Deconstructing guide books -

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Ksolem

Trad climber
Monrovia, California
Nov 25, 2012 - 11:04pm PT
That study determined that approximately 95% of climbers tended to only climb the same 5% of documented climbs.

Actually certain climbing areas can benefit in this regard by having a current comprehensive guide. This situation of everyone doing the same relatively small group of classics in an area which is full of neglected classics happens when the printed guides become obsolete, or unavailable and info on the web pretty much mimics these books.

In this situation the publication of a new comprehensive book will help to spread people out among climbs they would have otherwise not searched out.

Then of course there are those who dig deeper and find the obscure and the un-climbed. One thing I've seen in a guide which I dislike is "There are plenty of FA opportunities one this face" or the like. That crosses the line for me.

Ed Hartouni

Trad climber
Livermore, CA
Topic Author's Reply - Feb 18, 2014 - 11:52am PT
so, any more of you have an opinion about this?

just checking in...
rick sumner

Trad climber
reno, nevada/ wasilla alaska
Feb 18, 2014 - 12:19pm PT
Yeah, guidebooks are stupid unless you can make a healthy profit from them like the innkeeper of this establishment. By and large they take the adventure out of climbing and invite the hoards that most old school climbers try to avoid. I say this from the perspective of being a guidebook author and publisher from yesterday.

For example, if you Ed were to publish a guide to your beloved, yet close in, obscurities you just might find yourself having to range farther afield for your untrodden obscurity fix, perhaps deep into the void climbing classic but rotten granite and volcanic towers with the likes of people like me.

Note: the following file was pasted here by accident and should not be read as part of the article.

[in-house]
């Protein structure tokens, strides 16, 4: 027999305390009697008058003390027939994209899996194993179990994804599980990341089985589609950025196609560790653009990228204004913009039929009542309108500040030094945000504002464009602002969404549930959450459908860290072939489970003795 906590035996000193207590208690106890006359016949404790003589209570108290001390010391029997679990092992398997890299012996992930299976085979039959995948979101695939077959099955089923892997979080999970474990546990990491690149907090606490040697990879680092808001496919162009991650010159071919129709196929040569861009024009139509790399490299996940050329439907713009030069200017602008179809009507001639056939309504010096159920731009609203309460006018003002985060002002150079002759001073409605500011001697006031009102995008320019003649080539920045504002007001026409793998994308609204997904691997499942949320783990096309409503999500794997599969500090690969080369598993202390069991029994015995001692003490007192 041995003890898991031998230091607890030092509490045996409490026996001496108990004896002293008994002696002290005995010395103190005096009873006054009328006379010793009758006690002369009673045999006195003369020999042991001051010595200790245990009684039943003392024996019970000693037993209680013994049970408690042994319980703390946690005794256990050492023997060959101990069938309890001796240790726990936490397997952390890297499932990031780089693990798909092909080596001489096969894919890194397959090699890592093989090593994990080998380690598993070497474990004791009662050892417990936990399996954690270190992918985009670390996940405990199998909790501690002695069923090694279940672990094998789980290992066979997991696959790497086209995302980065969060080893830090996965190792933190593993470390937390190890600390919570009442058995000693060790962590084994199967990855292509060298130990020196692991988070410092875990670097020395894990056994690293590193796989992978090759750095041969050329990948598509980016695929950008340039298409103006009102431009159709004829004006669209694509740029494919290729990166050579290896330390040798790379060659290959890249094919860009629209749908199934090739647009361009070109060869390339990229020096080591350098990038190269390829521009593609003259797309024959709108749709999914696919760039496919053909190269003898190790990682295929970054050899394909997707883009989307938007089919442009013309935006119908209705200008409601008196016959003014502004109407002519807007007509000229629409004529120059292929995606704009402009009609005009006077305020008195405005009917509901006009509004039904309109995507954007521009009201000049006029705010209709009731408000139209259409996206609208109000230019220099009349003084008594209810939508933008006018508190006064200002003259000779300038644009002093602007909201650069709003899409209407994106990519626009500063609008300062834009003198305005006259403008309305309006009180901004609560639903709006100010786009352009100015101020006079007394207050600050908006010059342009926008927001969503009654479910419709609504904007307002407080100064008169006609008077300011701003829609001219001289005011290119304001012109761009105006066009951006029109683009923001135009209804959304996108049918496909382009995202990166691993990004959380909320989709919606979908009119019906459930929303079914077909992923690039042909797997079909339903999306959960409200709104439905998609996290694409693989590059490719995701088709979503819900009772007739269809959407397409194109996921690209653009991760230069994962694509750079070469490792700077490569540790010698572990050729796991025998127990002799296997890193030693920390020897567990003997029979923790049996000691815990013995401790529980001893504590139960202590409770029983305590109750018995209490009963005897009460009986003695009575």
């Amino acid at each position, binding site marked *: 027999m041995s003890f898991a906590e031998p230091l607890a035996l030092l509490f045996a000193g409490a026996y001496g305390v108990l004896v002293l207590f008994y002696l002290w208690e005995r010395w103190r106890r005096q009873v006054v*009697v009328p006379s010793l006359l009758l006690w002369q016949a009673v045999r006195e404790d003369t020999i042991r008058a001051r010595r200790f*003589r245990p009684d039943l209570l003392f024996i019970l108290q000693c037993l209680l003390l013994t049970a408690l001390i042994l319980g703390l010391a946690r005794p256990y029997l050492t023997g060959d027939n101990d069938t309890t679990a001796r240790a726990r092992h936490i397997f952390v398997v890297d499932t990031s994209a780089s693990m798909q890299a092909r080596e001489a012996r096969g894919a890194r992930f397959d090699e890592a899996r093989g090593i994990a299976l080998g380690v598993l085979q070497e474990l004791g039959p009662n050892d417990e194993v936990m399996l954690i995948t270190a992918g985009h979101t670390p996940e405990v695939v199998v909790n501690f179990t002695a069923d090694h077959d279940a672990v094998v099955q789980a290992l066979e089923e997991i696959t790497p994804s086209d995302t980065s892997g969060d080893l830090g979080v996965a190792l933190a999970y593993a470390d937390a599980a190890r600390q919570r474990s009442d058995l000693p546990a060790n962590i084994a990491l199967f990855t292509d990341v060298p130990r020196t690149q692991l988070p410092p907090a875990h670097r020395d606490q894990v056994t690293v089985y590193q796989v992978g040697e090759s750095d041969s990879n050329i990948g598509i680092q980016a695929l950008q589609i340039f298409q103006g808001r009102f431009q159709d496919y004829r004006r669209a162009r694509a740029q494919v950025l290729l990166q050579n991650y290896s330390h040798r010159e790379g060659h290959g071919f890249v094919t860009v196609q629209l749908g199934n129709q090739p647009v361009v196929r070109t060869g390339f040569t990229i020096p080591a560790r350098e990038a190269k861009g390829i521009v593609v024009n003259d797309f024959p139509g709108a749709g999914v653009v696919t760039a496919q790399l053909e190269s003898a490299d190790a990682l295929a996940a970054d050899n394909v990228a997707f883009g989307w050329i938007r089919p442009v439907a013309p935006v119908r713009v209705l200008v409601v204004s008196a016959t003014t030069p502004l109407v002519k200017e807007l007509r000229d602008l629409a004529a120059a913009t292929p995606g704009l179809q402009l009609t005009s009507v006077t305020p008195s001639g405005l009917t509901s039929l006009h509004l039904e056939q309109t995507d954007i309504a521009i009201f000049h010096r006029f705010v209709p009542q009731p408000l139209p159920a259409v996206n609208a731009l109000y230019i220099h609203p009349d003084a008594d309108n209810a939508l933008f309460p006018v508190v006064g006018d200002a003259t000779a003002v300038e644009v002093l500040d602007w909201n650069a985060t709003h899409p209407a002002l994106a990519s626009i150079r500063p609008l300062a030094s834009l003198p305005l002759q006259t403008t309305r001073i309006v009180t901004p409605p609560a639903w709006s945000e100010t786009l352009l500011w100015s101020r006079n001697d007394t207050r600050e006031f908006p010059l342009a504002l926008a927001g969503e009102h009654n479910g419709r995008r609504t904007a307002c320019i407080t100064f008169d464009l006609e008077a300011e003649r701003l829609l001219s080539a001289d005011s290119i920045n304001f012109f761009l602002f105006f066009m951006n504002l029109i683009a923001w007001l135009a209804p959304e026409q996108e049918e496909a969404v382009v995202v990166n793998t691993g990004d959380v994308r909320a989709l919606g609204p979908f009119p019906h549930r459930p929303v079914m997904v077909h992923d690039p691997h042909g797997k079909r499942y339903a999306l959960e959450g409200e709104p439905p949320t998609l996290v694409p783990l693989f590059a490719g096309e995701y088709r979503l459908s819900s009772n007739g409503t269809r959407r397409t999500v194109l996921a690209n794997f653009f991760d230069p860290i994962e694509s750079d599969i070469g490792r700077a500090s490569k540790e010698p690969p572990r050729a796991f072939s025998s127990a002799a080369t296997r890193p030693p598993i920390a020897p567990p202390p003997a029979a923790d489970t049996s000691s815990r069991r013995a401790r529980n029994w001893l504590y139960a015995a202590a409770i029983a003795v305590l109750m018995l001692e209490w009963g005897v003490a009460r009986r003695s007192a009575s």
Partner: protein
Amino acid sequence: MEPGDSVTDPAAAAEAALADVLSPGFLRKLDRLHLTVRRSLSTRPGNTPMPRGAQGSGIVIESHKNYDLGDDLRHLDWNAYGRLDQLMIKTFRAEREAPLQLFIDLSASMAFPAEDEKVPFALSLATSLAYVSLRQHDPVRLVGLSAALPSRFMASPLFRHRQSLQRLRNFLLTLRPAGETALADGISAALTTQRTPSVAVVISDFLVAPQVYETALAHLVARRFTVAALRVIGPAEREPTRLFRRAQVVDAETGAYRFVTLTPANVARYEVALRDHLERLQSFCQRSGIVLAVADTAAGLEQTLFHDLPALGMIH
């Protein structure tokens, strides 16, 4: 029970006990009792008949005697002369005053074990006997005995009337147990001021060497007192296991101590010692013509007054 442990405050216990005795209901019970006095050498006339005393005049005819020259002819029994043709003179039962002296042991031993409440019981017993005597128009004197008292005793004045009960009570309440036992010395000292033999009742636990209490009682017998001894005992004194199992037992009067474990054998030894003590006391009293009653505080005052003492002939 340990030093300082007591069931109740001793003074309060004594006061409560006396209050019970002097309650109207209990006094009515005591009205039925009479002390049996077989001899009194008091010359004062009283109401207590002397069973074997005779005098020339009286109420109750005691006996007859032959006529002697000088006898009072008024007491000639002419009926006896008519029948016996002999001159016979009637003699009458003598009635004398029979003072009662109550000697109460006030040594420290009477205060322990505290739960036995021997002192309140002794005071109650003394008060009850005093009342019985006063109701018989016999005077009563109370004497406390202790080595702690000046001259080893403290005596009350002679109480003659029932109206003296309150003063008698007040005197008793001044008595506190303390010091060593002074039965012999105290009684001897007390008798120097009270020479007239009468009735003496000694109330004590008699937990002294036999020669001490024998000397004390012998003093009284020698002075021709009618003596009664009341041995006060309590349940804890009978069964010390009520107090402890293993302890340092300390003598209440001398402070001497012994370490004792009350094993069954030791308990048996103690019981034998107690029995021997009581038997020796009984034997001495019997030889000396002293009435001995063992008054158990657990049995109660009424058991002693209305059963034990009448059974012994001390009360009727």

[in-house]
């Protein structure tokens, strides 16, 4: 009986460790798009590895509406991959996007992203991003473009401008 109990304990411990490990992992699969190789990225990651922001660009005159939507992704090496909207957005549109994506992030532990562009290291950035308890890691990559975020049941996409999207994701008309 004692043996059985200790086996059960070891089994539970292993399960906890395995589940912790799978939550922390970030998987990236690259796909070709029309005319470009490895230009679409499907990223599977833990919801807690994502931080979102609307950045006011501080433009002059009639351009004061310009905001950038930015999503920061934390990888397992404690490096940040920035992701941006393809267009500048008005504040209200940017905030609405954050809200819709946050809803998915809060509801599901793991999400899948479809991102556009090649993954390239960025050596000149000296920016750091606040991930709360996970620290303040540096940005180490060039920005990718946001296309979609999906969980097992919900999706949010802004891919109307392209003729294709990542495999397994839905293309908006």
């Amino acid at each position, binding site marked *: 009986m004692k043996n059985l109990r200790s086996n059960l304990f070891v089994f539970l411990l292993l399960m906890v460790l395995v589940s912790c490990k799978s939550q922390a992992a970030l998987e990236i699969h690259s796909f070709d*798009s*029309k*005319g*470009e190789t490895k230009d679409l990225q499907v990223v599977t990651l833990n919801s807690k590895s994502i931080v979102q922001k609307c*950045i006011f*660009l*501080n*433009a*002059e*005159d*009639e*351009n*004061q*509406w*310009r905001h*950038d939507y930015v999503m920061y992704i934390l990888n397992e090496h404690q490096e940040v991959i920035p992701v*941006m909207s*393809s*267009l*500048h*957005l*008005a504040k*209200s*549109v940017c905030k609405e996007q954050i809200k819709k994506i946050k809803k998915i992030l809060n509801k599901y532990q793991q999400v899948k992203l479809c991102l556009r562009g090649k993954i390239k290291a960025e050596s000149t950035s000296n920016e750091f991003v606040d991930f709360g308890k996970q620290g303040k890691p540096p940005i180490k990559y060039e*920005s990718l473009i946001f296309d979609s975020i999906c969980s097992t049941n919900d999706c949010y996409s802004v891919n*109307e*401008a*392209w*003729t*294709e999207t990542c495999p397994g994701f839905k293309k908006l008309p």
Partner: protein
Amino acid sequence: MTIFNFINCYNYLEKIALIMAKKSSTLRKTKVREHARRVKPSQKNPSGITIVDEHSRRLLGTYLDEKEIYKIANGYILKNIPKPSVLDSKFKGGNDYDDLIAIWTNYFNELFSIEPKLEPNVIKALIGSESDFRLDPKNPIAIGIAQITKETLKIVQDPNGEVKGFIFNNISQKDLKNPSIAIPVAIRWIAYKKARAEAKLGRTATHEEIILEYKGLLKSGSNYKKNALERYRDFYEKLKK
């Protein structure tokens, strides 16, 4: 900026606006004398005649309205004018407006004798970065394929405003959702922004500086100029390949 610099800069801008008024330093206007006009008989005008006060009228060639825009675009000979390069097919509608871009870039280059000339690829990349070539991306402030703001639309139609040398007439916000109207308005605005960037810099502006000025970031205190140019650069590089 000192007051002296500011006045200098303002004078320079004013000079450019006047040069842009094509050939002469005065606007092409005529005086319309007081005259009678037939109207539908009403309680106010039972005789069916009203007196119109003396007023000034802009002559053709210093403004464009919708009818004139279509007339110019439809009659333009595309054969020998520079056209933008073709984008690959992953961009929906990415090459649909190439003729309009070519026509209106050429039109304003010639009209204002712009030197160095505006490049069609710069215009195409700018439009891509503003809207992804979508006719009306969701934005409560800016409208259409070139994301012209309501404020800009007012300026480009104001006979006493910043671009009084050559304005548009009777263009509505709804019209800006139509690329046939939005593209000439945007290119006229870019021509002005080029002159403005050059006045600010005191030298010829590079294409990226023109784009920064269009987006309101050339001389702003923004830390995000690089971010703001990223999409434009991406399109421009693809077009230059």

WBraun

climber
Feb 18, 2014 - 12:25pm PT
My opinion? :-)

The best guide book takes you to where you've always wanted to go .......
Elcapinyoazz

Social climber
Joshua Tree
Feb 18, 2014 - 01:29pm PT
Crowd sourcing is where it's at. I know checking MtnProj entries has saved me a lot of bs hassles, where routes have altered (broken holds, now the route is significatly harder..makes a difference when you are climbing at your limit); where descent anchors or bolts have been chopped or fixed pins have fallen out; or where the in-situ hardware is sketchier than I trust. Also you get consensus ratings, and avoid ego driven sandbag artists (which has gotten plenty of people hurt over the years). You learn if a route is oddly morpho to go at the rating.

Consulting a guidebook written a decade ago doesn't provide that. Splitter cracks and moderates don't tend to change much. Hard face routes, reliant on very small holds do. There are countless examples in JT.

Another example, first time I did Maple Jam, arrived at the belay to find...no belay. Tree was dead and gone, rotten rock mud and decaying tree remnants in the only crack system, and given I'd basically soloed the pitch (wide crack), was not happy. I promptly put the info on Mtn Proj, hoping tp prevent someone at their limit from getting hurt on it. Came back a couple weeks later, did a massive cleaning job on it that then allowed a safe belay on gear, and posted the new info.

If you want adventure, leave the book at home, walk up to an attractive line and have a go. Nobody forces you the read the books or websites.

I want to see detailed approach beta, that has been proofed by people who were first timers to the area. Photos of the crags with route line overlays. And sun/shade info, which becomes absolutely critical on harder routes.

An indication of where the crux is on the pitch is nice, but not vital. Relevant gear info, "pro to 3", when the route has 50' of 4" crack isn't helping me.

And finally, Individual pitch ratings. I remember a route in my old stomping grounds, Tallulah Gorge in GA. Probably the hardest route there at the time, Heaven and Hell, which climbed a sweet crack through a roof on the second pitch. I really, really wanted to try the roof. Guidebook (original single vol Dixie Cragger's Atlas) had no individual pitch ratings, and noted that the first pitch was runnout off the ground. Well, WTF?! Runnout at what rating? The thing is rated 12a, is the 12a the p2 roof, the first pitch before pro, or first pitch after you get pro? I like some adventure, but soloing at my limit is not adventure, it's stupid.

I tried to get beta for 4 years. Finally, about 10 years later, long after leaving the area for good, got accurate info. Same guidebook, errors/ommissions. Tried a route that was 5.xx, seemed insanely hard and I flat couldn't do the moves. Happened to be looking in the appendix one day and see it is rated 5.xx A1 where the main text had omitted the "A1" part. Thanks for wasting my time. Get someone to proof your stuff.

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